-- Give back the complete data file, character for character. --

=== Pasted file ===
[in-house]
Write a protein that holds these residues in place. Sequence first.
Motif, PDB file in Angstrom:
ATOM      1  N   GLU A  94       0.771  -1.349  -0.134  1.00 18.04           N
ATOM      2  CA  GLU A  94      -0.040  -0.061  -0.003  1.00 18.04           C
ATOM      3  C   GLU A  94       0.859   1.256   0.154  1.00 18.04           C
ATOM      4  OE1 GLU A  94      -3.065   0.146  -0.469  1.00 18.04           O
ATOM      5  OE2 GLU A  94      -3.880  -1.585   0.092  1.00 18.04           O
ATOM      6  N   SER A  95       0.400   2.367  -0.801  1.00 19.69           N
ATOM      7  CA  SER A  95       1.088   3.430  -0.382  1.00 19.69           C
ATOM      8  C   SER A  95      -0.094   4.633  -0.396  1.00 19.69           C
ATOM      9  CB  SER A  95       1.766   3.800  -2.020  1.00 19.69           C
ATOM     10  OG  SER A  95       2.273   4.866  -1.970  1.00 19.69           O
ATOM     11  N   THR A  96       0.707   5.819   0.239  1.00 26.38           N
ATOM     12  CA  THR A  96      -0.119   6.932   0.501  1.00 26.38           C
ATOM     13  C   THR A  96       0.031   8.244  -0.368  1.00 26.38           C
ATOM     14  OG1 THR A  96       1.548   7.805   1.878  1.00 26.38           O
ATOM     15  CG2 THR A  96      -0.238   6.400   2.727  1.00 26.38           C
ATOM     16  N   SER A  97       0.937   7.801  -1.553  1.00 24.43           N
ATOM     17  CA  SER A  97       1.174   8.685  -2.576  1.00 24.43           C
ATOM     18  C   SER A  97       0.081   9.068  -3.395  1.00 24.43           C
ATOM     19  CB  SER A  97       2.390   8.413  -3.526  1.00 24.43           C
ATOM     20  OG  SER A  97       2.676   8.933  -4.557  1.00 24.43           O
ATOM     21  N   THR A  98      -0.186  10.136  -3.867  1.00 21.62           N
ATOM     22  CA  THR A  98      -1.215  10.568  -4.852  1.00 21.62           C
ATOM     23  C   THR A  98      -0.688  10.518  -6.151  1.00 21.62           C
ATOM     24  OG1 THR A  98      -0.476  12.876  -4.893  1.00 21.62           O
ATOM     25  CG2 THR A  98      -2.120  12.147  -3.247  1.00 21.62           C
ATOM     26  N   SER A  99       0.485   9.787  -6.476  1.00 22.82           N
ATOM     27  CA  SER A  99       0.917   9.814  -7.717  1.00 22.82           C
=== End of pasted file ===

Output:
[in-house]
Write a protein that holds these residues in place. Sequence first.
Motif, PDB file in Angstrom:
ATOM      1  N   GLU A  94       0.771  -1.349  -0.134  1.00 18.04           N
ATOM      2  CA  GLU A  94      -0.040  -0.061  -0.003  1.00 18.04           C
ATOM      3  C   GLU A  94       0.859   1.256   0.154  1.00 18.04           C
ATOM      4  OE1 GLU A  94      -3.065   0.146  -0.469  1.00 18.04           O
ATOM      5  OE2 GLU A  94      -3.880  -1.585   0.092  1.00 18.04           O
ATOM      6  N   SER A  95       0.400   2.367  -0.801  1.00 19.69           N
ATOM      7  CA  SER A  95       1.088   3.430  -0.382  1.00 19.69           C
ATOM      8  C   SER A  95      -0.094   4.633  -0.396  1.00 19.69           C
ATOM      9  CB  SER A  95       1.766   3.800  -2.020  1.00 19.69           C
ATOM     10  OG  SER A  95       2.273   4.866  -1.970  1.00 19.69           O
ATOM     11  N   THR A  96       0.707   5.819   0.239  1.00 26.38           N
ATOM     12  CA  THR A  96      -0.119   6.932   0.501  1.00 26.38           C
ATOM     13  C   THR A  96       0.031   8.244  -0.368  1.00 26.38           C
ATOM     14  OG1 THR A  96       1.548   7.805   1.878  1.00 26.38           O
ATOM     15  CG2 THR A  96      -0.238   6.400   2.727  1.00 26.38           C
ATOM     16  N   SER A  97       0.937   7.801  -1.553  1.00 24.43           N
ATOM     17  CA  SER A  97       1.174   8.685  -2.576  1.00 24.43           C
ATOM     18  C   SER A  97       0.081   9.068  -3.395  1.00 24.43           C
ATOM     19  CB  SER A  97       2.390   8.413  -3.526  1.00 24.43           C
ATOM     20  OG  SER A  97       2.676   8.933  -4.557  1.00 24.43           O
ATOM     21  N   THR A  98      -0.186  10.136  -3.867  1.00 21.62           N
ATOM     22  CA  THR A  98      -1.215  10.568  -4.852  1.00 21.62           C
ATOM     23  C   THR A  98      -0.688  10.518  -6.151  1.00 21.62           C
ATOM     24  OG1 THR A  98      -0.476  12.876  -4.893  1.00 21.62           O
ATOM     25  CG2 THR A  98      -2.120  12.147  -3.247  1.00 21.62           C
ATOM     26  N   SER A  99       0.485   9.787  -6.476  1.00 22.82           N
ATOM     27  CA  SER A  99       0.917   9.814  -7.717  1.00 22.82           C